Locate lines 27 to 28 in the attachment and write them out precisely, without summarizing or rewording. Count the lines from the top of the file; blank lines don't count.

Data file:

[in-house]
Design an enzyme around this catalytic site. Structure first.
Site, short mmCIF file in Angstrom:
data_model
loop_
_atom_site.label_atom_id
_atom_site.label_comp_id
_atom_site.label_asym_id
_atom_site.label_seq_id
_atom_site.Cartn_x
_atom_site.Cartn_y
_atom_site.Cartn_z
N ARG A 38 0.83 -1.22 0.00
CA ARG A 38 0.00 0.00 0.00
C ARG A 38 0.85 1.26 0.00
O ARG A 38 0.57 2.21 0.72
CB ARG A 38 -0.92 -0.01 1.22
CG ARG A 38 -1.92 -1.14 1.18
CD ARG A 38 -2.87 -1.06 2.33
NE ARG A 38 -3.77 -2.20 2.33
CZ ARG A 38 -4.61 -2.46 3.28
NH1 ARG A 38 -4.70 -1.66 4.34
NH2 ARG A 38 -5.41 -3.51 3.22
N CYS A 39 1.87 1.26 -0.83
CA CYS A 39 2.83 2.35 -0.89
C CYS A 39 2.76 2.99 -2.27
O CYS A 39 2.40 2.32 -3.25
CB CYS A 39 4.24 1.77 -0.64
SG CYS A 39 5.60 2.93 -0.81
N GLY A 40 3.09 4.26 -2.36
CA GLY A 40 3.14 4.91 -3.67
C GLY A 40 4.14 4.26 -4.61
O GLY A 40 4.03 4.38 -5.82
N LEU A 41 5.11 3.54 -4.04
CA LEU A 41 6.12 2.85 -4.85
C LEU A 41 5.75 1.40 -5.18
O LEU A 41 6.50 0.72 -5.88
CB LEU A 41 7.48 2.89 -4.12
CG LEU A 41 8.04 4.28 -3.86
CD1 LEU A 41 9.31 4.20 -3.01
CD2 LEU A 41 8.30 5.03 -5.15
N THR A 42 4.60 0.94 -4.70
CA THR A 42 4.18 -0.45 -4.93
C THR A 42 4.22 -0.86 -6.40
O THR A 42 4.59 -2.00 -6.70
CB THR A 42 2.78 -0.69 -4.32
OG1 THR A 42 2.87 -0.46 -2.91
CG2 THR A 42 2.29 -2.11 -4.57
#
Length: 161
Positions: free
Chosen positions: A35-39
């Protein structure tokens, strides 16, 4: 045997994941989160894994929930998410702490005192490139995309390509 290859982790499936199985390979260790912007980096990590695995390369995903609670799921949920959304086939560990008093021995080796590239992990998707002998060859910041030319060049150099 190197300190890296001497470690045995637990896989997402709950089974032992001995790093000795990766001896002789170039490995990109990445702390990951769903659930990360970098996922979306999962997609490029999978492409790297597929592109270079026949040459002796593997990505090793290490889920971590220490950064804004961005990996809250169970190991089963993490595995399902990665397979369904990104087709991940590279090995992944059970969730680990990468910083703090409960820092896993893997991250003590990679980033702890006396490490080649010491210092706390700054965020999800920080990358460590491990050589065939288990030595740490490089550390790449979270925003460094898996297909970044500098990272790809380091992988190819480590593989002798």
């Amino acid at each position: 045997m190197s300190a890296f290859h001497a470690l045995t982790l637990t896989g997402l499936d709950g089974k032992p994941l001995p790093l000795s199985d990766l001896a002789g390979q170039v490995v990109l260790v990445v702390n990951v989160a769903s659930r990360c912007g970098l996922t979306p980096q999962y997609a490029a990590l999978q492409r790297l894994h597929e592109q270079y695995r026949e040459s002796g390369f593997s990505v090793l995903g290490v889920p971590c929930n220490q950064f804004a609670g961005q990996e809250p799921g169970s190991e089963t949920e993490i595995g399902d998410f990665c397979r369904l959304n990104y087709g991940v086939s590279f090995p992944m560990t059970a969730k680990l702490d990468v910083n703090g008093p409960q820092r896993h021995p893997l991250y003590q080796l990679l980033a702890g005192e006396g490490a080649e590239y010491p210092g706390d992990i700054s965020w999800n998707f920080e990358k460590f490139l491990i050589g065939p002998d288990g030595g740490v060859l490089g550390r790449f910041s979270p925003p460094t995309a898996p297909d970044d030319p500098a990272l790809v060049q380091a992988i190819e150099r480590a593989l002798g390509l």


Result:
O CYS A 39 2.40 2.32 -3.25
CB CYS A 39 4.24 1.77 -0.64